According to National Geographic, bleaching occurs when high ocean temperatures cause corals to become stressed and release zooxanthellae, an algae that produces food and color in corals.
According to the ARC Centre of Excellence for Coral Reef Studies at James Cook University, millions of corals, affected by disease and coral predators, died in the northern third of the Reef. The bleaching was most severe in the northern part of the Great Barrier Reef, whereas some reefs in the southern half avoided the worst of the bleachings and remained in good condition. However, coral predators such as snails have been feasting on the survivors throughout reefs in the north and south, reducing the number of corals even further.
According to Professor Terry Hughes, Director of the ARC Centre of Excellence for Coral Reef Studies, in May of 2016, 35% of the corals in 84 reefs in the Great Barrier Reef were dead or dying. In more recent studies, only 7% of the Great Barrier Reef has avoided the bleachings. Hughes also said that global warming has significantly contributed to the bleaching.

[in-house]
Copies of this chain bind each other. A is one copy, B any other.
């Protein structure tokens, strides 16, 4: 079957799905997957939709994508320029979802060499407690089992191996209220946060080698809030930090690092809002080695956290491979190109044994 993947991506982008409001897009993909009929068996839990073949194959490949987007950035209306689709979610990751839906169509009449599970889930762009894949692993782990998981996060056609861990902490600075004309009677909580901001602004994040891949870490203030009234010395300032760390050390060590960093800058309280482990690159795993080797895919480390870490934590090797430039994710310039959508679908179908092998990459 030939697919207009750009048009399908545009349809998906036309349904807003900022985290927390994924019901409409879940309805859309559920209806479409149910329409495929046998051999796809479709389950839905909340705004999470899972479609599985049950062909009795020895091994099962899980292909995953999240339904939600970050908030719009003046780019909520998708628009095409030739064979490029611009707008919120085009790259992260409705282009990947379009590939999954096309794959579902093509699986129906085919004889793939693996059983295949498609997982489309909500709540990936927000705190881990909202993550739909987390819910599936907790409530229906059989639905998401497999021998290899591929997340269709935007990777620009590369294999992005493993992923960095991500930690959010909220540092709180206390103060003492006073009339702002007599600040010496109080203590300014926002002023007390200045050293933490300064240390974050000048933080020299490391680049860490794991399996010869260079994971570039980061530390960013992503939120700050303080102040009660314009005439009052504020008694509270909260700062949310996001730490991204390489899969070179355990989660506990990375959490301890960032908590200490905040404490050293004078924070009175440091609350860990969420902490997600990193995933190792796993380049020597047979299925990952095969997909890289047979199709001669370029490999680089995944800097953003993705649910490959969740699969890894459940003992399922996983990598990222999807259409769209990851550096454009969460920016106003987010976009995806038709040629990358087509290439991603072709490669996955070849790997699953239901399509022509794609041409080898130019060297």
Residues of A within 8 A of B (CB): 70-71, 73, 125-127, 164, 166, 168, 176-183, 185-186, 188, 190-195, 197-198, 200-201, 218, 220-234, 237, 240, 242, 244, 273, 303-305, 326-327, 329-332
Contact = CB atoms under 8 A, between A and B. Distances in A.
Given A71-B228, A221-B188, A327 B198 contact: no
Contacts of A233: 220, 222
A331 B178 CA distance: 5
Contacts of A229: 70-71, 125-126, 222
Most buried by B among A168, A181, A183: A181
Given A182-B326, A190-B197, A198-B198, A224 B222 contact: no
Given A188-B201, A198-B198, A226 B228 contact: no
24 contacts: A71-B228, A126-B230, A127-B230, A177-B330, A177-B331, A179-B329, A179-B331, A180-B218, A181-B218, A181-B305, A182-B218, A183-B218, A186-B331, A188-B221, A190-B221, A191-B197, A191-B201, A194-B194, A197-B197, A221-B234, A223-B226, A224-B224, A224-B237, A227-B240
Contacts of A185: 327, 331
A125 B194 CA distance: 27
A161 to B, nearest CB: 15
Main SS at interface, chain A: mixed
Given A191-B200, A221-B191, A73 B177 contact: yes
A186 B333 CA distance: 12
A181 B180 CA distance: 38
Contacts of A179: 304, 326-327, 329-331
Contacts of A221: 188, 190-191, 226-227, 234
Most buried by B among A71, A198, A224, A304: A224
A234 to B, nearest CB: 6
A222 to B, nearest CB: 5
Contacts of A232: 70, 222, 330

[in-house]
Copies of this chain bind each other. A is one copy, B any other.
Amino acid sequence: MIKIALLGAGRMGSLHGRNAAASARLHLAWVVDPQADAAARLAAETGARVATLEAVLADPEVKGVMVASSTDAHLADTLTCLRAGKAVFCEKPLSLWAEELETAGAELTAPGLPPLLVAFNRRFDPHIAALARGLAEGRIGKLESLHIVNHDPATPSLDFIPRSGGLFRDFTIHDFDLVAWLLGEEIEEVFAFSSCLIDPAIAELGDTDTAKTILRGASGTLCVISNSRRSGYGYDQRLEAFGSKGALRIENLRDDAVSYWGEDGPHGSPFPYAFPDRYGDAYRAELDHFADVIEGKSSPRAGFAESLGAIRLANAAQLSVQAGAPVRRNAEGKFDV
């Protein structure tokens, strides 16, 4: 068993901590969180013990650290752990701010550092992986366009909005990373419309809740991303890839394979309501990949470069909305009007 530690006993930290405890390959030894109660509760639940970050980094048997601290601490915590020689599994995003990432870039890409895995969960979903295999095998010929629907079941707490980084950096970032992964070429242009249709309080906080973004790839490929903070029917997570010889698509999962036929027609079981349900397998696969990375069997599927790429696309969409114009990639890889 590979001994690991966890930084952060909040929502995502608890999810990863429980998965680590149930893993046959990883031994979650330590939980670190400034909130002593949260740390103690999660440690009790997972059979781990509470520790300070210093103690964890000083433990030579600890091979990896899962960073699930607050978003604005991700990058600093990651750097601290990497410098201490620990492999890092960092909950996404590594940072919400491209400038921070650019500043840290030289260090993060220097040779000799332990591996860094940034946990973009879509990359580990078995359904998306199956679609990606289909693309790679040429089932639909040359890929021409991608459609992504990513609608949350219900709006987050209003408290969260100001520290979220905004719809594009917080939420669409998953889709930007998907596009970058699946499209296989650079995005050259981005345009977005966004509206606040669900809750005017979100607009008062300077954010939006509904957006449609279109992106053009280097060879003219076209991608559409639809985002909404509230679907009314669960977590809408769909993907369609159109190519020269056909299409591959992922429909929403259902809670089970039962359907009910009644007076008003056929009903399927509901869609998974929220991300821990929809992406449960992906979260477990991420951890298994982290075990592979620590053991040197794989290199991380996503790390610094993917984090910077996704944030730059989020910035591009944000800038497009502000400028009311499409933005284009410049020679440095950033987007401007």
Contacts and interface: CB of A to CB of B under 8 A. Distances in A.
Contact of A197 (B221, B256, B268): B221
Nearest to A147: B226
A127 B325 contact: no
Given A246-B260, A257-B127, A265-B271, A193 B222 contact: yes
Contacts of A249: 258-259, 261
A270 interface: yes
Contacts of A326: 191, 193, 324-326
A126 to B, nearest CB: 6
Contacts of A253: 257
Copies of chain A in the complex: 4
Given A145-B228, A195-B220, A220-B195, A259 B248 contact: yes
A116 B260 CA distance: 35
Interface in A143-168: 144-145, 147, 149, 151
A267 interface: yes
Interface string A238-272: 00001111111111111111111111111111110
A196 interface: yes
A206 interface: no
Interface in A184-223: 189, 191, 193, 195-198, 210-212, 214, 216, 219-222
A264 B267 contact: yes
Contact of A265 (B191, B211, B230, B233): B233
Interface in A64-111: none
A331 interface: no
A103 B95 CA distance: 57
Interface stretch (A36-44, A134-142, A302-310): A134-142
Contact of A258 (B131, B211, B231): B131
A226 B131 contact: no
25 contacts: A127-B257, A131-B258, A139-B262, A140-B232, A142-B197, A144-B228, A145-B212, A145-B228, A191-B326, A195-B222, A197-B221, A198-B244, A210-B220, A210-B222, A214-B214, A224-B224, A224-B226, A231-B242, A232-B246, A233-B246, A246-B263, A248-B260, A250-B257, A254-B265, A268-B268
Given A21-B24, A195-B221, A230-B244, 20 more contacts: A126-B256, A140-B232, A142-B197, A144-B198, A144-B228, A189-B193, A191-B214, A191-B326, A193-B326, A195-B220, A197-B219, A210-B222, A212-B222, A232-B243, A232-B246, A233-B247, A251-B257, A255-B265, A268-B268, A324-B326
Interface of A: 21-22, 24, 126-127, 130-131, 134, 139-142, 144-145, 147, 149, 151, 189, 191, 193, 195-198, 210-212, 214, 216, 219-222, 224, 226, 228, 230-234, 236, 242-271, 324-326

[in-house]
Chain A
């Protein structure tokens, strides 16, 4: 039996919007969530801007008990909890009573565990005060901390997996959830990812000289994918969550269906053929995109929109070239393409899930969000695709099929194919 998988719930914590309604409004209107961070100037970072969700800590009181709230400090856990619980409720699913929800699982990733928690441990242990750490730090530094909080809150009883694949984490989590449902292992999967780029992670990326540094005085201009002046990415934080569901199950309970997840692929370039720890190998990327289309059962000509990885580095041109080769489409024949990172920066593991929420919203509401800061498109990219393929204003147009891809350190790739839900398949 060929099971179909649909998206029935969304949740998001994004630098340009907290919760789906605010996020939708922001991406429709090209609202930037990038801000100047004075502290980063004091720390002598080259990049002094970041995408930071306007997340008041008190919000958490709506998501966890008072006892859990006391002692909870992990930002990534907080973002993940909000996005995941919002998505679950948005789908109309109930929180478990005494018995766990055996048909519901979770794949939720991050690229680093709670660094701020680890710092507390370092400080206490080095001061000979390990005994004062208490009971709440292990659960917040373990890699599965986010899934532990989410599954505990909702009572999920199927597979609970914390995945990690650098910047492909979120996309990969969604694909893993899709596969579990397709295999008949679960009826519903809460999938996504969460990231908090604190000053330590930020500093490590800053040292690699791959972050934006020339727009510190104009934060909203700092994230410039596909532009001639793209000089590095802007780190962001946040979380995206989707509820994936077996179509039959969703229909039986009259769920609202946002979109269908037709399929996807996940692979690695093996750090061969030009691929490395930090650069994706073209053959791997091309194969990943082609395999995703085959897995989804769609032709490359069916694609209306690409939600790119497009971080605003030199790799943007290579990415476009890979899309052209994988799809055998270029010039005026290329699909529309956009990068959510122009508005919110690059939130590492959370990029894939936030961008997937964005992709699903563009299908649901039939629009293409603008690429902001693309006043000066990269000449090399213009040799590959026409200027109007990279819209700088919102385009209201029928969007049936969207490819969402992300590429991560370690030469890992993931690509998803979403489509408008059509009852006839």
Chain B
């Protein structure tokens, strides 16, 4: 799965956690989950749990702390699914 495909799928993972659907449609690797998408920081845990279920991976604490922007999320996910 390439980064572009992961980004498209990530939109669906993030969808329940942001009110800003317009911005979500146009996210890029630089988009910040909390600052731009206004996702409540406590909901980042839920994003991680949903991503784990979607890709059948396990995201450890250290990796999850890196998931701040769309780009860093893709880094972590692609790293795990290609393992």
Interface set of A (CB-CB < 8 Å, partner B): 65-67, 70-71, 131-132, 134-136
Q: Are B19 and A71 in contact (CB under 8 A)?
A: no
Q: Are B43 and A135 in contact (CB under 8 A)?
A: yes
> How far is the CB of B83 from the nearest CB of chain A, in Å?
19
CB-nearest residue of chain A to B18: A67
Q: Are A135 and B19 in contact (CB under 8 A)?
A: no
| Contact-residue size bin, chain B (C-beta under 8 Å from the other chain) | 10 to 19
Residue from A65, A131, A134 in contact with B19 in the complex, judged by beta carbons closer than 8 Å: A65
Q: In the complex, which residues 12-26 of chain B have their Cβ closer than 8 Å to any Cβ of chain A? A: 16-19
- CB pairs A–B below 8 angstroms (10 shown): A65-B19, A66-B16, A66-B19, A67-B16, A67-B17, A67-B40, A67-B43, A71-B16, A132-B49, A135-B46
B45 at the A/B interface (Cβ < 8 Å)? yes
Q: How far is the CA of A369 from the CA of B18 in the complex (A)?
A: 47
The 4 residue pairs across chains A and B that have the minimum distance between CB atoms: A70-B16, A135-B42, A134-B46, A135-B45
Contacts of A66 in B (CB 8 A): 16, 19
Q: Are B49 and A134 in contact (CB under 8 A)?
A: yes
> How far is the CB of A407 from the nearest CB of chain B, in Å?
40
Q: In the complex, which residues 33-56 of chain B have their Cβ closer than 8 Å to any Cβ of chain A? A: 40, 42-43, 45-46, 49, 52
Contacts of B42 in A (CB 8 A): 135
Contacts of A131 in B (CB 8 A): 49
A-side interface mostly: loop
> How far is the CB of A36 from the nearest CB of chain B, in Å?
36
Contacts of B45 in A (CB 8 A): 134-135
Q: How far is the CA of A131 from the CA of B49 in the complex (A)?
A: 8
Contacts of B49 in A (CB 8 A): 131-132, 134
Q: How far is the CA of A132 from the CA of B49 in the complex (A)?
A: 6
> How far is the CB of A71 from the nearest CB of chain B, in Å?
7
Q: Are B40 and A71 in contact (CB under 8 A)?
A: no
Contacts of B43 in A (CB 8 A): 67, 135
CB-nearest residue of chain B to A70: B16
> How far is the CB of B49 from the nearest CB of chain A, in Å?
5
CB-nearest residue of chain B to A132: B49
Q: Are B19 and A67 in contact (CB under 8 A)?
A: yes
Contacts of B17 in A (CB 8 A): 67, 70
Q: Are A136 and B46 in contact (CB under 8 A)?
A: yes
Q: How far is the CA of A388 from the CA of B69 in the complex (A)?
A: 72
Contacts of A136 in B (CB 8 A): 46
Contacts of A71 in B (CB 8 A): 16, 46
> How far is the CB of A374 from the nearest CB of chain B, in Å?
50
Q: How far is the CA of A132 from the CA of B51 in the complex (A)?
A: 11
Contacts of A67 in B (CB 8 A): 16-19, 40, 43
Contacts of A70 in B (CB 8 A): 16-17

Dr. Greg Torda was a member of an ARC Centre of Excellence for Coral Reef Studies team in October 2016 who re-surveyed reefs around Lizard Island in the northern part of the reef, one of the places most affected by the bleaching.
“Millions of corals in the north of the Great Barrier Reef died quickly from heat stress in March and since then, many more have died more slowly,” Torda said.
According to National Geographic, in a “level-three” response to the bleachings, the Australian government has increased surveying of the Great Barrier Reef system. According to the ARC Centre of Excellence, the final coral death toll will not be known until all the surveys are completed.
If Marlborough students spread awareness about the harm of global warming on the Great Barrier Reef through social media or notifying our elected officials, we can make a change. If we support organizations that focus on creating awareness and saving the ocean, we can help save Great Barrier Reef so that it will be alive for future generations of both humans and animals to enjoy. To learn more or get involved, visit http://fightforthereef.org.au/ or http://reef.panda.org/.